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Report: Large companies, feds combat soaring number of counterfeit goods

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Michael Bastasch Contributor
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The number of investigations into foreign infringement of U.S. intellectual property rights has risen in eight of the last ten years, according to a report by the Joint Economic Committee of the U.S. Congress.

The number of cases investigated by the U.S. International Trade Commission increased by 80 percent in 2010 and 23 percent in 2011.

“IP infringement harms companies through lost revenue, the costs of IP protection, damage to brand, and decreased incentives to innovate because of potential theft,” according to the report. “Consumers are harmed when they purchase counterfeit goods of lower quality, some of which, such as counterfeit medicines, may pose health or safety risks. Governments lose tax revenue and bear enforcement costs.”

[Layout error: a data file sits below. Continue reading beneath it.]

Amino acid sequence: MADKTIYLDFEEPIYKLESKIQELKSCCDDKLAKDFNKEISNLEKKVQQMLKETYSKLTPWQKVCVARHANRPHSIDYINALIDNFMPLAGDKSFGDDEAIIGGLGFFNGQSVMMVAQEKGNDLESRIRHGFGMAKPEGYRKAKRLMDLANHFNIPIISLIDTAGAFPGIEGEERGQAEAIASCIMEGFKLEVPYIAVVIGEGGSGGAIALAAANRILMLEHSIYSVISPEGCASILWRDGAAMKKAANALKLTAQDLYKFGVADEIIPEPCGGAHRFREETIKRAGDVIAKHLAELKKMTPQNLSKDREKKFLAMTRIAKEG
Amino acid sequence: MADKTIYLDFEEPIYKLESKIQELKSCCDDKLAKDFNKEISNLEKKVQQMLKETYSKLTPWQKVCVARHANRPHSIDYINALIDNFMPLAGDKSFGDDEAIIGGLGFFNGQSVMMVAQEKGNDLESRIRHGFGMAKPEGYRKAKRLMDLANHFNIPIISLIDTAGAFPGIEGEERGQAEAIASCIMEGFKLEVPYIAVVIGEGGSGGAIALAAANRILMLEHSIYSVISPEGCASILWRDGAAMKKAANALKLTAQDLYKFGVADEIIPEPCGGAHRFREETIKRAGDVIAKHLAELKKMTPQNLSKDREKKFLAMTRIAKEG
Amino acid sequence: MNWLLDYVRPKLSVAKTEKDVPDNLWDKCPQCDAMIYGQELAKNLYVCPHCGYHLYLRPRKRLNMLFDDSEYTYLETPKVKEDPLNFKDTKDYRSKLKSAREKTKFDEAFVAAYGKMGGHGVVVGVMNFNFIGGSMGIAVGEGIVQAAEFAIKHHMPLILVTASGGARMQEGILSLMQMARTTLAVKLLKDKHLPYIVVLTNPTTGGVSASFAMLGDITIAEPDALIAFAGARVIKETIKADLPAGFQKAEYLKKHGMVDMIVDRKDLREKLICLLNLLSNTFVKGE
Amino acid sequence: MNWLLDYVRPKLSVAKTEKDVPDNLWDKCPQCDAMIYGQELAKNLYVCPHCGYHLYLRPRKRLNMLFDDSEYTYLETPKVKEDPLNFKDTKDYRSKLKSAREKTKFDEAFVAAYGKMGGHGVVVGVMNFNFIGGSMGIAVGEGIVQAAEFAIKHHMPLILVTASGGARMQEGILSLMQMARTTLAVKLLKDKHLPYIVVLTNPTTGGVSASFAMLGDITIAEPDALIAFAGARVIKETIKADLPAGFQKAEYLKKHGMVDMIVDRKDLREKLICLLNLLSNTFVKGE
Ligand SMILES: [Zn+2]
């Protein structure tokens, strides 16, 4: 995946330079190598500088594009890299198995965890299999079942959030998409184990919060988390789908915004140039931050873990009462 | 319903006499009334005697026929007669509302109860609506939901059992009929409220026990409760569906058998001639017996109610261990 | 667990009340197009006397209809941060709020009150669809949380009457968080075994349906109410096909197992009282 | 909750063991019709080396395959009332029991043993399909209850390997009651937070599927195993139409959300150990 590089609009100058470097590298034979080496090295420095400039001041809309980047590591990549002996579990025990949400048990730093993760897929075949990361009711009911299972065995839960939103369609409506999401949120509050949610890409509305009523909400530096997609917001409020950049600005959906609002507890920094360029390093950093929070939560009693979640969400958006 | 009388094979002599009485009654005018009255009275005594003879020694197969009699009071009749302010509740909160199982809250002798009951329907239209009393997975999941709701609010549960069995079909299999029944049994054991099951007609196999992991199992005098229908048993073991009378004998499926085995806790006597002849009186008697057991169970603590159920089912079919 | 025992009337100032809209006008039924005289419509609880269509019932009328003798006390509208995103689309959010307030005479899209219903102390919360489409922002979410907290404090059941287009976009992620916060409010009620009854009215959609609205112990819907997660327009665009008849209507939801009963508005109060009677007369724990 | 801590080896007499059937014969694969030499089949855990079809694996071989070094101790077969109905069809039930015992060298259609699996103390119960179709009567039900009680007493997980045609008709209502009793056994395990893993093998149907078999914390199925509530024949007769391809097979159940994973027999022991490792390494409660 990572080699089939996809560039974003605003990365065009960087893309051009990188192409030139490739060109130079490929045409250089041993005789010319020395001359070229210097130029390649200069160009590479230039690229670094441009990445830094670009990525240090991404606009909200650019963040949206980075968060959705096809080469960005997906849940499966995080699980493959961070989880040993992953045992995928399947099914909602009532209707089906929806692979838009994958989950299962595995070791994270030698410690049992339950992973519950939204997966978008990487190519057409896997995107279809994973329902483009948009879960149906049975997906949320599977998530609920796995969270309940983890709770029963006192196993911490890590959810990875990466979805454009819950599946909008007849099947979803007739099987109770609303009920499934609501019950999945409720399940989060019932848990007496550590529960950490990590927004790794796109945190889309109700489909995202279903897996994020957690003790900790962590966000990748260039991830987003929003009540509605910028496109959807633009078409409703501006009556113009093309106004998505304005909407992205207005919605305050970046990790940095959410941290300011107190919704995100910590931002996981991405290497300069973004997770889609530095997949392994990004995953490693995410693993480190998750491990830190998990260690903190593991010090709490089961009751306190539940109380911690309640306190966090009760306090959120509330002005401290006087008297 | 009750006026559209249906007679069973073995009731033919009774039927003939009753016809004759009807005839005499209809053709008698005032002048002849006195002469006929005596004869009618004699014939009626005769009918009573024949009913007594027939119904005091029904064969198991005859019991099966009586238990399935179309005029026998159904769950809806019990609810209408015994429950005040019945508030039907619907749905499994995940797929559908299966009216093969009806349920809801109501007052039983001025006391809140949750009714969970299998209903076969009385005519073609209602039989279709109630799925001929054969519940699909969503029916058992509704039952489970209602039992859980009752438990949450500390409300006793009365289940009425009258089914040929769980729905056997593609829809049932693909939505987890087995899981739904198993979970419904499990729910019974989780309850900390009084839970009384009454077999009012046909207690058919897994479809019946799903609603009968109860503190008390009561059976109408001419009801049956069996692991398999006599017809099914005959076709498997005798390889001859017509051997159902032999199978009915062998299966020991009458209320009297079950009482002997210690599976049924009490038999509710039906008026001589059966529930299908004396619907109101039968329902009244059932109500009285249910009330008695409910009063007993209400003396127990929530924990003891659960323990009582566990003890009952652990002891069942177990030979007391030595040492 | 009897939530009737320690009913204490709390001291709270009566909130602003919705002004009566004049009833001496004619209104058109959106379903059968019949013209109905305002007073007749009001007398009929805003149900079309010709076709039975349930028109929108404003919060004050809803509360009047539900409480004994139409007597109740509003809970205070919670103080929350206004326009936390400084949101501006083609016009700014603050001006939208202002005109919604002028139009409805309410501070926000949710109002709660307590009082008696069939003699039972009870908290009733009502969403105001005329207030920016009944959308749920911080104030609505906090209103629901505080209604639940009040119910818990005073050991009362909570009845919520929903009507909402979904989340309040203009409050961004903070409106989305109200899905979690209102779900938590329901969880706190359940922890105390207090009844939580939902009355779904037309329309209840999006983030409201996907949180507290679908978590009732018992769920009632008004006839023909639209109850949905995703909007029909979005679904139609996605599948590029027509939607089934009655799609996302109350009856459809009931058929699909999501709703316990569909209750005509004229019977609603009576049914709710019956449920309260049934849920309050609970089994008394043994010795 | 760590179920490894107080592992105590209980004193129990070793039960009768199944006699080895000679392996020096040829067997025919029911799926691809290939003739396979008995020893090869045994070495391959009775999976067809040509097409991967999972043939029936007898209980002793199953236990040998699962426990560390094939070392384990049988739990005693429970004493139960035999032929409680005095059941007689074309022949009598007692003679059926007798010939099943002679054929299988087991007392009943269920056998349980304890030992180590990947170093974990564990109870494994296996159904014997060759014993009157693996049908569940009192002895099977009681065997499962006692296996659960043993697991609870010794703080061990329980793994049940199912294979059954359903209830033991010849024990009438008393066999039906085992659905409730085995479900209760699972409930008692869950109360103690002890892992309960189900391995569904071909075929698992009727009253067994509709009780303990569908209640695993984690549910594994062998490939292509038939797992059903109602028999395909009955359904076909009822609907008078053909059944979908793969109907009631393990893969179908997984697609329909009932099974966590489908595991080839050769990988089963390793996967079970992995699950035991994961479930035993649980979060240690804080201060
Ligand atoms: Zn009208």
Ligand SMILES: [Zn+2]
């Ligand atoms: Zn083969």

“Decreased incentives to innovate resulting from IP infringement reduce economic growth, weaken the nation’s competitiveness, and decrease job creation,” the report continued.

Businesses in particular feel the pain as sales are diverted away from authentic goods toward counterfeit ones, said the report, which revealed that the U.S. Customs and Border Protection seized 24,792 counterfeit goods last year — a 24 percent increase over the amount of counterfeit goods seized in 2010.

The vast majority of businesses — 79 percent — that filed IP complaints are large and often public firms. Small businesses only make up about 11 percent of businesses filing complaints.

“This could be because small firms do not have the resources to pursue enforcement actions but could also reflect a bigger impact of infringement on larger firms,” the report notes.

Consumer electronics, footwear, pharmaceuticals and optical media, such as CDs and DVDs, made up over half the value of counterfeit goods seized by U.S. officials in 2011.

Furthermore, between 2004 and 2009 more than three-fourths of the value of counterfeit goods seized upon entering the U.S. came from China, according to the report.

“Foreign infringement of intellectual property harms businesses by raising their costs, lowering revenue, and eroding profits. Consumers can face health or safety hazards from counterfeit pharmaceuticals and automotive products, and pirated software presents a range of threats to computer security and personal privacy,” the report says. “As a result of counterfeiting and piracy, governments have to make do with less tax revenue.”

The report advocates for strengthening enforcement of intellectual property protections and making complaint resolutions less time consuming.

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